-- "There seems to be a black hole in my garage that swallows up pencils and tape measures as soon as I put them down."

View Lumberpunk's profile


258 posts in 1124 days

#2 posted 02-22-2013 03:10 PM

Yeah total cost for this was probably about $10 for the rod and nuts, all the wood was scrap or free. Nice living in an area where every second guy has a sawmill, and there is a ton of birch here.

View Arcatekt's profile


3 posts in 607 days

#3 posted 10-06-2013 04:16 PM

Frickin’ Awesome on the gears. Thanks for sharing with everyone.

-- -Arcatekt

View Furnitude's profile


349 posts in 2294 days

#4 posted 03-06-2014 10:30 PM

This is really great, Lsmart. I’m designing something similar. I’m trying to get my head around what happens when you turn the crank. if you turn the crank, the gear moves the other gear, which rotates the rod. Does the rotation of the rod allow the rod to move up and down?

-- Mitch, Also blog at

View Lumberpunk's profile


258 posts in 1124 days

#5 posted 03-06-2014 10:34 PM

Furn, the rod turns and drives two nuts which are embedded in the body of the carriage. So the carriage is moving while the rod stays in one place and spins. The nuts are in the plywood sandwiches around the rod

View GCM's profile


71 posts in 1114 days

#6 posted 05-22-2014 12:06 AM

Nice work, it looks great, although here in Oz the material you used would end up costing about $700 – oh well…

One thing though I can’t for the life of me see how you have mounted the plunge router (which is really the hard bit for plunge router lifts) – I can see how it is supported and lifted from below but what keeps the router from moving up top? (part 2 perhaps?).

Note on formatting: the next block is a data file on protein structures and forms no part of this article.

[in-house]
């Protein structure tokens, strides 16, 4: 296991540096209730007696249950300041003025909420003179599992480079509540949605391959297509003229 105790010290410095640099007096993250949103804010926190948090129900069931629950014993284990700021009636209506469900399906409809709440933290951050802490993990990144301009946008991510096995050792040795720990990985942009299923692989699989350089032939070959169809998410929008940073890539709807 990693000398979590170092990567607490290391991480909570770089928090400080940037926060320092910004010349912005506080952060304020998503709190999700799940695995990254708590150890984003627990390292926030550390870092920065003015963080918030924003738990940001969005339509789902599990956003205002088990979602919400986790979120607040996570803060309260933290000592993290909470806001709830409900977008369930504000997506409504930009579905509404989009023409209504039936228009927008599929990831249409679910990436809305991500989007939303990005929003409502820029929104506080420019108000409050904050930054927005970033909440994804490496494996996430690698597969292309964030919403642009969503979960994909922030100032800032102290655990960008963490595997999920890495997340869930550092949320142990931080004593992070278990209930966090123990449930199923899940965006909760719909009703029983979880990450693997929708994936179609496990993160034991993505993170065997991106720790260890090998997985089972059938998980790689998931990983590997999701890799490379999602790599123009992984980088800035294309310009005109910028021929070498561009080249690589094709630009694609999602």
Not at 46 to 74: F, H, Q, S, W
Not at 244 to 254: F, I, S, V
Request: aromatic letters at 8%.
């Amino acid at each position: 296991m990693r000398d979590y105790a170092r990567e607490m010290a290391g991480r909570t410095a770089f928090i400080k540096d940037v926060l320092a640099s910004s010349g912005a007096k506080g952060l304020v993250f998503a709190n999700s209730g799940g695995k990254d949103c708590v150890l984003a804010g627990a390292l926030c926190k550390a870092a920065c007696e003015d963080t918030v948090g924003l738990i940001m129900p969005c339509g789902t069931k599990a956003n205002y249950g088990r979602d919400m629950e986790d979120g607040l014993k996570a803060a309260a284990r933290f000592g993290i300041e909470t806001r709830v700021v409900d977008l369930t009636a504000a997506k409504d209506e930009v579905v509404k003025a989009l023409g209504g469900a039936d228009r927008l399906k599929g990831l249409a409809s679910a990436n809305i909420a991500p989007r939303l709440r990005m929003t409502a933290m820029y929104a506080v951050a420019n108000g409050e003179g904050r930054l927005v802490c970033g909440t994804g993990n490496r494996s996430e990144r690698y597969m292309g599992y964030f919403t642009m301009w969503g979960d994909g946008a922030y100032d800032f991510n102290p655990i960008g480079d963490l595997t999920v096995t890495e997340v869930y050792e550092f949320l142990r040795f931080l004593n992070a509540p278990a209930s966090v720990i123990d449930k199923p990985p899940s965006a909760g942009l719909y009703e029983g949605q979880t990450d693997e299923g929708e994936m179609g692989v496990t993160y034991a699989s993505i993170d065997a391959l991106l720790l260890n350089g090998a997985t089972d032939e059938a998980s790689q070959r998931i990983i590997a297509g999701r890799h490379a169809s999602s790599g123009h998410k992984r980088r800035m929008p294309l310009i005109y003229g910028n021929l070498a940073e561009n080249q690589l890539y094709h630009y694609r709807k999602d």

-- Make things as simple as possible, but no simpler.

View Lumberpunk's profile


258 posts in 1124 days

#7 posted 05-22-2014 07:52 AM

Heh… you could make it out of anything. This was all scrap ply and wood from my local area.

The Router plate is bolted down to some brackets on the inside of the table so it doesn’t lift off.

View Holbs's profile


611 posts in 816 days

#8 posted 07-11-2014 12:46 AM

LP.. I am about to venture into sticking my identical router to your’s, under a table. I do have the FT2200VCE and it will forever be under the table as I have a Bosch 1617EVS and a Bosch Colt for hand held. To date, it looks like your method is the best option. Do you still use your Freud as both table mount and hand held? Since mine will be table mounted, I am reading up on pro’s / con’s about removing both springs (Freud rep says nono as could creates bit tilt).

View Lumberpunk's profile


258 posts in 1124 days

#9 posted 07-11-2014 04:42 AM

Hey Holb, I bought myself a Triton to go under the table and use the Freud exclusively above. The router lift worked really well but I made a micro adjustable jig for handheld routing for the Freud ( and I never wanted to take it off so I got the Triton. As far as bit tilt goes I did see some but found that if I cranked down the depth lock it corrected it. My version of the lift would have a pretty hard time raising the bit with the springs in… maybe you can come up with something better. Also if I was to do it again I would find some way to support the carriage from the sides rather than just hanging it off the ready rod, maybe some sort of tongue and groove arrangement on the side of the carriage?

Best of luck with your lift… mine performed well as I said and cost a lot less than a commercial plunge router lift.

I have also seen a hack where someone drilled through the router base plate and accessed the fine adjust screw somehow and made a through the table lift with nothing but some coupling nuts and some ready rod. Might be worth searching out.